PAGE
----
exclude confusion: what does it match against?

John Van Essen vanes002 at umn.edu
Sat Mar 27 02:55:48 GMT 2004

On Fri, 26 Mar 2004, Wayne Davison <wayned at samba.org> wrote:
> On Thu, Mar 25, 2004 at 11:03:31PM -0500, Andrew Pimlott wrote:
>> The exact filename tested against include/exclude patterns is not
>> always obvious, and the documentation is somewhat ambiguous about it.
>> This bites particularly when using patterns starting with '/'.
> Yes, this could certainly use some improvement to make things clearer.
> I've never liked the description of the patterns being relative to the
> destination directory, though, since the patterns also affect files on
> the source side.  I prefer the phrase "root of the transfer", which
> would have to be defined in the documentation.
> What about something like this?
>     The filenames matched against the exclude/include patterns are
>     relative to the "root of the transfer".  If you think of the
>     transfer as a subtree of names that are being sent from sender
>     to receiver, the root is where the tree starts to be duplicated
>     in the destination directory.  This root governs where patterns
>     that start with a / match (see below).
>     Because the matching is relative to the transfer root, changing
>     the trailing slash on the source path or changing your use of
>     the --relative option affects the names you need to use in your
>     matching.  For example, using these rsync commands:
>         rsync -a /home/me /dest
>         rsync -a /home/me/ /dest
>         rsync -a --relative /home/me /dest
>     the file /home/me/foo/bar would be matched using, respectively:
>         /me/foo/bar
>         /foo/bar
>         /home/me/foo/bar
>     The easiest way to see what name you should include/exclude is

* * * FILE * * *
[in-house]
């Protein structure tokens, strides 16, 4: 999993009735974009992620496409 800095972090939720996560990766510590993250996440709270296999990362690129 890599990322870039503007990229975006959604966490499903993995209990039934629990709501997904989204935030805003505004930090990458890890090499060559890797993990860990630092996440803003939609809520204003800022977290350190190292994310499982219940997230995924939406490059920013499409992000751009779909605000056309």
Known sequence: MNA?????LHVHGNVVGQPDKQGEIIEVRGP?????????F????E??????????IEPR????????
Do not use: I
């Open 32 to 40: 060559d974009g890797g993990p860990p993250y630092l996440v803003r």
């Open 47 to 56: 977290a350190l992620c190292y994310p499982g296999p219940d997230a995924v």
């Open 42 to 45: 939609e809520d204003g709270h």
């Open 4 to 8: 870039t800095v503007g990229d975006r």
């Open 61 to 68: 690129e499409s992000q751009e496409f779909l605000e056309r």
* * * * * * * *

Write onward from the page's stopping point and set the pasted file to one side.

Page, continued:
>     to just look at the output when using --verbose and put a / in
>     front of the name (use the --dry-run option if you're not yet
>     ready to copy any files).

This is another opportunity to (try to) make more clear the
effects of using a trailing slash on the source and using the
--relative option.  They not only affect the absolute-path
pattern but also where the source file ends up on the target.

I'd like to see something like this included in the explanation.
(And I'm not even 100% sure these details are correct...)


The following examples demonstrate the effect that various
invocations of rsync have on the Include and Exclude pattern
needed to match a source filename of "/home/me/foo/bar", and
also show the resulting file path on the target:

Example cmd: rsync -a /home/me /dest
Source root: /home                 (NOT /home/me)
Target root: /dest
I/E pattern: /me/foo/bar
Source file: /home/me/foo/bar
Target file: /dest/me/foo/bar

Example cmd: rsync -a /home/me/ /dest
Source root: /home/me              (due to trailing /)
Target root: /dest
I/E pattern: /foo/bar              (note missing 'me')
Source file: /home/me/foo/bar
Target file: /dest/foo/bar         (note missing 'me')

Example cmd: rsync -a --relative /home/me /dest
Source root: /home
Target root: /dest
I/E pattern: /home/me/foo/bar      (note full path)
Source file: /home/me/foo/bar
Target file: /dest/home/me/foo/bar (note full path)

        John Van Essen  Univ of MN Alumnus  <vanes002 at umn.edu>

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